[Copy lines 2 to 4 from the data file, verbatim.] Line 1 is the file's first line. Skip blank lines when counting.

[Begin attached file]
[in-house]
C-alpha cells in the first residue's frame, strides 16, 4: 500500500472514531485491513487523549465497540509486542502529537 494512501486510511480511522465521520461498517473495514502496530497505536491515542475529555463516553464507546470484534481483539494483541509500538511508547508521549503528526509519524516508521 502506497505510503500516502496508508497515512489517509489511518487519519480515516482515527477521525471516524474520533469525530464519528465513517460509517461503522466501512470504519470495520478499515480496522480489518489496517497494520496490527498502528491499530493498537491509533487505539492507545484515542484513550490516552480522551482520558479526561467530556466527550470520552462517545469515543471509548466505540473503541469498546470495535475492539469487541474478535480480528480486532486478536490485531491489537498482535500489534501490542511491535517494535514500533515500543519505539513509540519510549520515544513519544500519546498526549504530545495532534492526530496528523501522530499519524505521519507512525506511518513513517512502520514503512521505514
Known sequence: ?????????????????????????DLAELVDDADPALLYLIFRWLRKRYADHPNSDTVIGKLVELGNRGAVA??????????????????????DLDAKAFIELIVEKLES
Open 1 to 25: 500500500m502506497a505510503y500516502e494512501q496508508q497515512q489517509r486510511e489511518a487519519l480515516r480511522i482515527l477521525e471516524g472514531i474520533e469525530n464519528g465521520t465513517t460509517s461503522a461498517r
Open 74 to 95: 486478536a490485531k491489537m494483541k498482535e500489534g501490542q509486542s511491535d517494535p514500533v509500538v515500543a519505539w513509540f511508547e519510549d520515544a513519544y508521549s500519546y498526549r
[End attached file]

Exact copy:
C-alpha cells in the first residue's frame, strides 16, 4: 500500500472514531485491513487523549465497540509486542502529537 494512501486510511480511522465521520461498517473495514502496530497505536491515542475529555463516553464507546470484534481483539494483541509500538511508547508521549503528526509519524516508521 502506497505510503500516502496508508497515512489517509489511518487519519480515516482515527477521525471516524474520533469525530464519528465513517460509517461503522466501512470504519470495520478499515480496522480489518489496517497494520496490527498502528491499530493498537491509533487505539492507545484515542484513550490516552480522551482520558479526561467530556466527550470520552462517545469515543471509548466505540473503541469498546470495535475492539469487541474478535480480528480486532486478536490485531491489537498482535500489534501490542511491535517494535514500533515500543519505539513509540519510549520515544513519544500519546498526549504530545495532534492526530496528523501522530499519524505521519507512525506511518513513517512502520514503512521505514
Known sequence: ?????????????????????????DLAELVDDADPALLYLIFRWLRKRYADHPNSDTVIGKLVELGNRGAVA??????????????????????DLDAKAFIELIVEKLES
Open 1 to 25: 500500500m502506497a505510503y500516502e494512501q496508508q497515512q489517509r486510511e489511518a487519519l480515516r480511522i482515527l477521525e471516524g472514531i474520533e469525530n464519528g465521520t465513517t460509517s461503522a461498517r